After an election that saw candidates smeared and non-English speaking voters targeted, experts are calling for more regulations on political advertising to stop future elections stooping to "nastiness".
Political advertising experts are calling for tougher regulations on political advertising after the Australian Electoral Commission received almost 500 complaints during the 2019 federal election.
But an AEC spokesperson told SBS News that only 87 of those complaints - less than 20 per cent - were found to be unlawful, all of which were "swiftly addressed".
The commission did not take punitive action against any of the offenders, instead issuing warnings to those found in breach of standards.
"The AEC is fully prepared, willing and able to use the powers given to it under the Electoral Act, but in almost all cases a faster way to obtain compliance on these matters is by warning the people or organisations responsible for the electoral communications without having to resort to the courts," the spokesperson said.
Political marketing expert from the Australian National University Dr Andrew Hughes said that while the 2019 federal election had been particularly "nasty", there was almost nothing stopping political parties and candidates from attacking each other.
"There's a real sense that these sorts of actions and smear campaigns are legal, but they're not - if I were to go and take the same ad out against my neighbour, I can guarantee you I'd be sued," he told SBS News.
"But the only thing stopping someone from being really nasty during an election is common law – like defamation law – there’s actually nothing in political law right now when it comes to campaigning to stop anything nasty going on."
Who regulates what?
As the law stands, there is no requirement at all for political advertising to be truthful.
The AEC's powers cover ensure sure political advertisements are properly authorised and do not mislead voters about how to cast their vote - for example, promoting optional preferential voting when full preferential voting is required.
But the AEC cannot regulate the content of political advertising.
"A common misconception is that the Electoral Act and, therefore the AEC, regulates truth in electoral communications," the spokesperson said.
"It does not and has no power to do so."
The Australian Communications and Media Authority enforces the advertising blackout period and ensures all parties have fair access to broadcast time.
But it also has no authority to deal with complaints about false claims or defamatory statements in advertising.
An ACMA spokesperson said the regulator had recieved four complaints about political adverting since 11 April - three relating to the blackout period, and one about the tagging of political ads.
There is no go-to regulator for online content, and ACMA's blackout period does not apply to social media.
An AEC spokesperson said about 90 of the 500 complaints the commission received related to social media advertising.
Dr Hughes said he wanted to see an independent authority created to ensure the next election sees a rise in standards.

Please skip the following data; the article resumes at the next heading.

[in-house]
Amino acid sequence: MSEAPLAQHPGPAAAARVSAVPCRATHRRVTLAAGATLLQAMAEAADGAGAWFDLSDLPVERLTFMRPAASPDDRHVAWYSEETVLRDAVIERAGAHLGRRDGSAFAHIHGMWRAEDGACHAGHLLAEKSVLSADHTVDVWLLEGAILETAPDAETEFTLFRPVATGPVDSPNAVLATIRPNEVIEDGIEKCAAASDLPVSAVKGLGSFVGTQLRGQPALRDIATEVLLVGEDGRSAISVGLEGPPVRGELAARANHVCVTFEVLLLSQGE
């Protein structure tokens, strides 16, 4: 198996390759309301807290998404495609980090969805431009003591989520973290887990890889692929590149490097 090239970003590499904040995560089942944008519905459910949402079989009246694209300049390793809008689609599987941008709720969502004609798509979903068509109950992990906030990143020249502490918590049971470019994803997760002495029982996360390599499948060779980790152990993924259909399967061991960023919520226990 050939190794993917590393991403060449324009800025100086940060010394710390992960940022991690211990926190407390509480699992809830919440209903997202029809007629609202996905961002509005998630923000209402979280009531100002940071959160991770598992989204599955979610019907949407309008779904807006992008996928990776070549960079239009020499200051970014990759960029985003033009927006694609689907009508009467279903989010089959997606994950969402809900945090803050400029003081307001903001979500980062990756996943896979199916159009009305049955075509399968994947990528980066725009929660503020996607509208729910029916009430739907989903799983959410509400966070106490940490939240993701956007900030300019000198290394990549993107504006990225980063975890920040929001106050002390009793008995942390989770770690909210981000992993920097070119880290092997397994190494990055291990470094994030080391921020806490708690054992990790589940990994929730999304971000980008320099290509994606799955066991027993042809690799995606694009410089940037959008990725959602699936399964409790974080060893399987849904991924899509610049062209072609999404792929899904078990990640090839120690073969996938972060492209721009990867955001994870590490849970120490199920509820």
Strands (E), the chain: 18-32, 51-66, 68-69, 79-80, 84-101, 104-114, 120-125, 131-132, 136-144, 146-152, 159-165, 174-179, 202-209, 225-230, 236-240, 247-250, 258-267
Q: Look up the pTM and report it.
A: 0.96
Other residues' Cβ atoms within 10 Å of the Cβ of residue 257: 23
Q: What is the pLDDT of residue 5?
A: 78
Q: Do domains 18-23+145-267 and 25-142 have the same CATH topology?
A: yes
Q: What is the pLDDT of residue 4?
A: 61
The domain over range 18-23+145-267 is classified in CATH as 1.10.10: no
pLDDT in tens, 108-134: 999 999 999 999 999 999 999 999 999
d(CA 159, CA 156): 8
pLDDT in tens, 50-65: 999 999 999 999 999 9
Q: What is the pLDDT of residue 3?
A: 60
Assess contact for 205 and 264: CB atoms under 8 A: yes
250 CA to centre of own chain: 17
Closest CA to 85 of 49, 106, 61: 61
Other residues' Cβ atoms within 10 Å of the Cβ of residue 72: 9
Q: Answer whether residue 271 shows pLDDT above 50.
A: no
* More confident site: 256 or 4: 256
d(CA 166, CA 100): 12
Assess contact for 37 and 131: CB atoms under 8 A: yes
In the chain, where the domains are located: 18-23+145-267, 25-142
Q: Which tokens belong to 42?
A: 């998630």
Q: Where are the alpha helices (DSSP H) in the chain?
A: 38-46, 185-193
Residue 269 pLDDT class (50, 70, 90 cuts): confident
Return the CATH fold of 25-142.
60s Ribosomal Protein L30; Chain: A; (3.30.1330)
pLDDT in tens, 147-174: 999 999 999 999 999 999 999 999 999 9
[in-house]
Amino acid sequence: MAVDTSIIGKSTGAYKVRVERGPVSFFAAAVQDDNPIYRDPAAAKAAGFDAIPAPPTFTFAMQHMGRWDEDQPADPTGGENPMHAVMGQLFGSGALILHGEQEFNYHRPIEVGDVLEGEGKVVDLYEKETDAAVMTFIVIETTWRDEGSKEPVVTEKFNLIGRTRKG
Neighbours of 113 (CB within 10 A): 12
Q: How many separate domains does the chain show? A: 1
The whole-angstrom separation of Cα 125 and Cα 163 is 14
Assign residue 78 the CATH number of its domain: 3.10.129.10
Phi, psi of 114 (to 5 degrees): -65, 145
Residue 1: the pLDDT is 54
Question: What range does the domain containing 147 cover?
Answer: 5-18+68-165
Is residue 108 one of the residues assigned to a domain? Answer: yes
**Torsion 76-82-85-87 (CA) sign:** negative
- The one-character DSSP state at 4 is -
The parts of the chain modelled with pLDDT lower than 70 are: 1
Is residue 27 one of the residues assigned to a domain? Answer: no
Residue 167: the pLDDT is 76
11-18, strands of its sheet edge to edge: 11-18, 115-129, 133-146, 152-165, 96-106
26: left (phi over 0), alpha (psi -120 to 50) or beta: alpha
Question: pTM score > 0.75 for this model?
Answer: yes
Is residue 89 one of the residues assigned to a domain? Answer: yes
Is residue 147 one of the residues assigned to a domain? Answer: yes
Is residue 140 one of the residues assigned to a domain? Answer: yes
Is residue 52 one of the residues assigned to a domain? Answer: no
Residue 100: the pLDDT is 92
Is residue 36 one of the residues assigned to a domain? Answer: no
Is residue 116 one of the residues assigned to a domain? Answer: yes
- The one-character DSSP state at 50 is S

"First, we need to bring in a political communications act which covers everything communications-wise – be it social media, be it digital, be it online, offline, or robocalls," he said.
"Hopefully, one of the outcomes of this election is we'll have an independent commission or organisation set up to approve all election advertising – that doesn’t mean it’ll stop it, it just means someone might actually pull them up and say 'You can’t say that'."
Dr Hughes said the problem with relying on defamation law to protect candidates from smear campaigns was that taking action was often more trouble than it is worth.
"Legal action takes so long to actually resolve, but it can also highlight the smear campaign to people who weren't originally aware of it, and before you know it, that one little message most people had missed now becomes publicised to a far wider audience," he said.
Targetting ethnic communities
The 2019 federal election campaign also saw a spike in advertisements targeting specific ethnic communities in their own languages.
Pamphlets written in Chinese, Arabic, and English claimed Labor would turn children 'homosexual' and Labor took to hosting live "Q and A's" with Chinese Australians via WeChat.
Dr Hughes said not all of the in-language material was misleading, but it certainly had a greater potential to be.
"The positive is that it’s recognition that we’ve become a more diverse society, that not everyone’s going to speak English as their first language, so we need to reach and engage with people who otherwise would be disengaged for the entire process," he said.
"But the negative is it can leave the door open for running a very effective misinformation campaign, because you can play on people's lack of knowledge and fly under the radar."
He said Liberal Party placards designed to look like official AEC material in Chisolm did exactly that on polling day.
Written in the same font and colour as the AEC signage next to it, the Chinese captions told voters "The correct way to vote is to put a number one next to the Liberals and number every other box".
The AEC said the signs were properly authorised and therefore not in breach, adding "While the AEC uses purple in our signs, the AEC can’t prohibit others doing so".